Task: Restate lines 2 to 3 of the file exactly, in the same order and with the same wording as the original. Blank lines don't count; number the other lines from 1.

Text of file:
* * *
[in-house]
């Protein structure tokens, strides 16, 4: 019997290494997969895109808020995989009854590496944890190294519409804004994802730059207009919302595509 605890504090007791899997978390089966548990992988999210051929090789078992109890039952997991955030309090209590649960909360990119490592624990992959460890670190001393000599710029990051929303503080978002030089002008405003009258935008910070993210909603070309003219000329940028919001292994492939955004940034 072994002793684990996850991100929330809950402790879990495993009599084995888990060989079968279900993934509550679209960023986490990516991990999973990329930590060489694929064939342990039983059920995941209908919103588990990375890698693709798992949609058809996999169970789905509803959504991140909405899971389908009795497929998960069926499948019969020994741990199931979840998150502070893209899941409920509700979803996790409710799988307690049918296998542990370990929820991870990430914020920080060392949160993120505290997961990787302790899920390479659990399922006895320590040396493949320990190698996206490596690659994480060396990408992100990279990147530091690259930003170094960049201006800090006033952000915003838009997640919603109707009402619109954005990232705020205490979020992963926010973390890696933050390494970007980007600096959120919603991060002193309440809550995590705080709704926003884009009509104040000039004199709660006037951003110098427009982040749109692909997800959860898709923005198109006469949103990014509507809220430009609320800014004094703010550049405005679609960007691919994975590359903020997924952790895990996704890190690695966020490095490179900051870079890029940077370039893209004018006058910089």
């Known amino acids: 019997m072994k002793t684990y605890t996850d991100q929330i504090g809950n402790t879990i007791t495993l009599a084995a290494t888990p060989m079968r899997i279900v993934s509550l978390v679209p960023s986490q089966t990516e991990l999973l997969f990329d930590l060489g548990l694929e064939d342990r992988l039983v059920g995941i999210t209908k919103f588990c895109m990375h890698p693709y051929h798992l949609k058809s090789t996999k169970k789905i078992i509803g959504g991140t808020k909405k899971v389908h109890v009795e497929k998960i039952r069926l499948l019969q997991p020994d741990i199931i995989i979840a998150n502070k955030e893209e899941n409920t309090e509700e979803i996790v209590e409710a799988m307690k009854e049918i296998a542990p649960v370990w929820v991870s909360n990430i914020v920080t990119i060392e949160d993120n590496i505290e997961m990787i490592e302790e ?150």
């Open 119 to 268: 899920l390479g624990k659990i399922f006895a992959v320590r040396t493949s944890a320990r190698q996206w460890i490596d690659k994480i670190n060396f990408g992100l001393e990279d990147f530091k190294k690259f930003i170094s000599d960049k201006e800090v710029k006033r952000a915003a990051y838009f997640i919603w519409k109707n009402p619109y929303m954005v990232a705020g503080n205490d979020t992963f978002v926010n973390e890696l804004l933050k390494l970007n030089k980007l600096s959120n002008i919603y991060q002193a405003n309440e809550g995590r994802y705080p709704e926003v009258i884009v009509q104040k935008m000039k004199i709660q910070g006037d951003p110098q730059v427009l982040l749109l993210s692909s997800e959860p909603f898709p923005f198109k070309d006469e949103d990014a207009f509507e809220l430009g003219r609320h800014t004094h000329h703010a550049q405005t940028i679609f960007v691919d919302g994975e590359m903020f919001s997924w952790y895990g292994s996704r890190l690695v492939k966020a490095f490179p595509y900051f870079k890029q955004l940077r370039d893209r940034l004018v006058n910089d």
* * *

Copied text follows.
């Protein structure tokens, strides 16, 4: 019997290494997969895109808020995989009854590496944890190294519409804004994802730059207009919302595509 605890504090007791899997978390089966548990992988999210051929090789078992109890039952997991955030309090209590649960909360990119490592624990992959460890670190001393000599710029990051929303503080978002030089002008405003009258935008910070993210909603070309003219000329940028919001292994492939955004940034 072994002793684990996850991100929330809950402790879990495993009599084995888990060989079968279900993934509550679209960023986490990516991990999973990329930590060489694929064939342990039983059920995941209908919103588990990375890698693709798992949609058809996999169970789905509803959504991140909405899971389908009795497929998960069926499948019969020994741990199931979840998150502070893209899941409920509700979803996790409710799988307690049918296998542990370990929820991870990430914020920080060392949160993120505290997961990787302790899920390479659990399922006895320590040396493949320990190698996206490596690659994480060396990408992100990279990147530091690259930003170094960049201006800090006033952000915003838009997640919603109707009402619109954005990232705020205490979020992963926010973390890696933050390494970007980007600096959120919603991060002193309440809550995590705080709704926003884009009509104040000039004199709660006037951003110098427009982040749109692909997800959860898709923005198109006469949103990014509507809220430009609320800014004094703010550049405005679609960007691919994975590359903020997924952790895990996704890190690695966020490095490179900051870079890029940077370039893209004018006058910089």
């Known amino acids: 019997m072994k002793t684990y605890t996850d991100q929330i504090g809950n402790t879990i007791t495993l009599a084995a290494t888990p060989m079968r899997i279900v993934s509550l978390v679209p960023s986490q089966t990516e991990l999973l997969f990329d930590l060489g548990l694929e064939d342990r992988l039983v059920g995941i999210t209908k919103f588990c895109m990375h890698p693709y051929h798992l949609k058809s090789t996999k169970k789905i078992i509803g959504g991140t808020k909405k899971v389908h109890v009795e497929k998960i039952r069926l499948l019969q997991p020994d741990i199931i995989i979840a998150n502070k955030e893209e899941n409920t309090e509700e979803i996790v209590e409710a799988m307690k009854e049918i296998a542990p649960v370990w929820v991870s909360n990430i914020v920080t990119i060392e949160d993120n590496i505290e997961m990787i490592e302790e ?150």